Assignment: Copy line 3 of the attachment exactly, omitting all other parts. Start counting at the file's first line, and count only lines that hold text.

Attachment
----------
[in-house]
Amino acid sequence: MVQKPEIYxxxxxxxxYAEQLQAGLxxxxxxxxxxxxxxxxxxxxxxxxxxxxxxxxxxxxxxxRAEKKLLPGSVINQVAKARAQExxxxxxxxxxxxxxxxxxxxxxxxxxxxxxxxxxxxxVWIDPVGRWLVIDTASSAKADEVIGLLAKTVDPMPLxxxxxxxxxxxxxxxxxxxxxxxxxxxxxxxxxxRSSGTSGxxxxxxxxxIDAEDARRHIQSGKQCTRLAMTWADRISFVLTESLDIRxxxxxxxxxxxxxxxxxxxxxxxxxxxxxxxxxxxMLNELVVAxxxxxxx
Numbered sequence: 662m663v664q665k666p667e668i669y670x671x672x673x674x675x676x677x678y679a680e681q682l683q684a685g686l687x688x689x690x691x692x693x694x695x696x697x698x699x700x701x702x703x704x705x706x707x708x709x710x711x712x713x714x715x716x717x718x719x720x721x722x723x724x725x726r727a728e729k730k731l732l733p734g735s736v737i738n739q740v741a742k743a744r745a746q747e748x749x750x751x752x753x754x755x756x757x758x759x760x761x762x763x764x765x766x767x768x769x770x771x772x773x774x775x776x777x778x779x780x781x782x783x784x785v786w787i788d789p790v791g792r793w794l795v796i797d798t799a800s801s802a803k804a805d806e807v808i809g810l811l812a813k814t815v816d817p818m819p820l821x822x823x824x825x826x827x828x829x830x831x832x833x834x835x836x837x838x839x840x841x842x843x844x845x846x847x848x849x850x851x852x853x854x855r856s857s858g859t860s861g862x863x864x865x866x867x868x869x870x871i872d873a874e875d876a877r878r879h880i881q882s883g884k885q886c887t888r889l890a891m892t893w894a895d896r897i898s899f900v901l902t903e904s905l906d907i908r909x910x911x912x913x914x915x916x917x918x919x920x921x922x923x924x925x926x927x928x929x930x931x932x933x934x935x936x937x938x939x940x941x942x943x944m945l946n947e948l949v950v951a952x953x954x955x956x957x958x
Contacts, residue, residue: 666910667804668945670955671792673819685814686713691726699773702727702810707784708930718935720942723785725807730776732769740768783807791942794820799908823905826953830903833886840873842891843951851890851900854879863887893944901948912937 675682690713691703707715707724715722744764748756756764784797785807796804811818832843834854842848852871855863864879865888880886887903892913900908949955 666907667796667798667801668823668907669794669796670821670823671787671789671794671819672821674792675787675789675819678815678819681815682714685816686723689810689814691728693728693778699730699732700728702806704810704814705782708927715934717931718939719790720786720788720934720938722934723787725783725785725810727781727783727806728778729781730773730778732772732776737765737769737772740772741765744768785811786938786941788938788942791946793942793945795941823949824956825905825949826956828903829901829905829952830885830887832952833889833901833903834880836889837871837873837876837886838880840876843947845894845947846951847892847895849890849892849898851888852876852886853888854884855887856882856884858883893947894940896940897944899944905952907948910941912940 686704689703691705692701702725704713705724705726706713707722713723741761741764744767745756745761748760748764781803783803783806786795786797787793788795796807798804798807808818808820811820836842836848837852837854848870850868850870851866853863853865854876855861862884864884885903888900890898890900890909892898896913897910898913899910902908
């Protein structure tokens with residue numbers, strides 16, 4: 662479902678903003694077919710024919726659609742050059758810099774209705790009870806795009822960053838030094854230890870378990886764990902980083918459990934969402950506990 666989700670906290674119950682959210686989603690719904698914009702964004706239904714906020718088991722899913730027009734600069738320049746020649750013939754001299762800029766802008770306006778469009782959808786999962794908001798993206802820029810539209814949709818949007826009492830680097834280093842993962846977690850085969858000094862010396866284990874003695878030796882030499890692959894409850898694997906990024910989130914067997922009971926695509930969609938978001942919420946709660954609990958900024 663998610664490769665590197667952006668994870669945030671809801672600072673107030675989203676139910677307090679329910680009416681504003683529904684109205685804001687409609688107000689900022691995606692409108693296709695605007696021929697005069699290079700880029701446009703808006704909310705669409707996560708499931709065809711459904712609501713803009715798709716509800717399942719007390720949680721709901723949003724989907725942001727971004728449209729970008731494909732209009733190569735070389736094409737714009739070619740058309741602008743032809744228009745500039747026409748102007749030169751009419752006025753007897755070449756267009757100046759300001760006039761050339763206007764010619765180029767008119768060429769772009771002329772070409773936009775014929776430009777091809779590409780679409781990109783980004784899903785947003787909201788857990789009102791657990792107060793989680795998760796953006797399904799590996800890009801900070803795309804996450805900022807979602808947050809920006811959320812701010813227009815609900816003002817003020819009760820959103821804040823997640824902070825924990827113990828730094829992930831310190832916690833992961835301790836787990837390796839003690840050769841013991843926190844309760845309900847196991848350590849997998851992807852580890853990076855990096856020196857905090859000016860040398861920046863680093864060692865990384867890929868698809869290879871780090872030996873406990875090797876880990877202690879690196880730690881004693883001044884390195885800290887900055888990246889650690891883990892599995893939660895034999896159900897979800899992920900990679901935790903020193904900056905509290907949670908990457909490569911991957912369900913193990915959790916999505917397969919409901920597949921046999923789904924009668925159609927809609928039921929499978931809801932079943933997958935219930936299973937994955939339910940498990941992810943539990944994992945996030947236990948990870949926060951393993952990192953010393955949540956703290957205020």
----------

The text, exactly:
Numbered sequence: 662m663v664q665k666p667e668i669y670x671x672x673x674x675x676x677x678y679a680e681q682l683q684a685g686l687x688x689x690x691x692x693x694x695x696x697x698x699x700x701x702x703x704x705x706x707x708x709x710x711x712x713x714x715x716x717x718x719x720x721x722x723x724x725x726r727a728e729k730k731l732l733p734g735s736v737i738n739q740v741a742k743a744r745a746q747e748x749x750x751x752x753x754x755x756x757x758x759x760x761x762x763x764x765x766x767x768x769x770x771x772x773x774x775x776x777x778x779x780x781x782x783x784x785v786w787i788d789p790v791g792r793w794l795v796i797d798t799a800s801s802a803k804a805d806e807v808i809g810l811l812a813k814t815v816d817p818m819p820l821x822x823x824x825x826x827x828x829x830x831x832x833x834x835x836x837x838x839x840x841x842x843x844x845x846x847x848x849x850x851x852x853x854x855r856s857s858g859t860s861g862x863x864x865x866x867x868x869x870x871i872d873a874e875d876a877r878r879h880i881q882s883g884k885q886c887t888r889l890a891m892t893w894a895d896r897i898s899f900v901l902t903e904s905l906d907i908r909x910x911x912x913x914x915x916x917x918x919x920x921x922x923x924x925x926x927x928x929x930x931x932x933x934x935x936x937x938x939x940x941x942x943x944m945l946n947e948l949v950v951a952x953x954x955x956x957x958x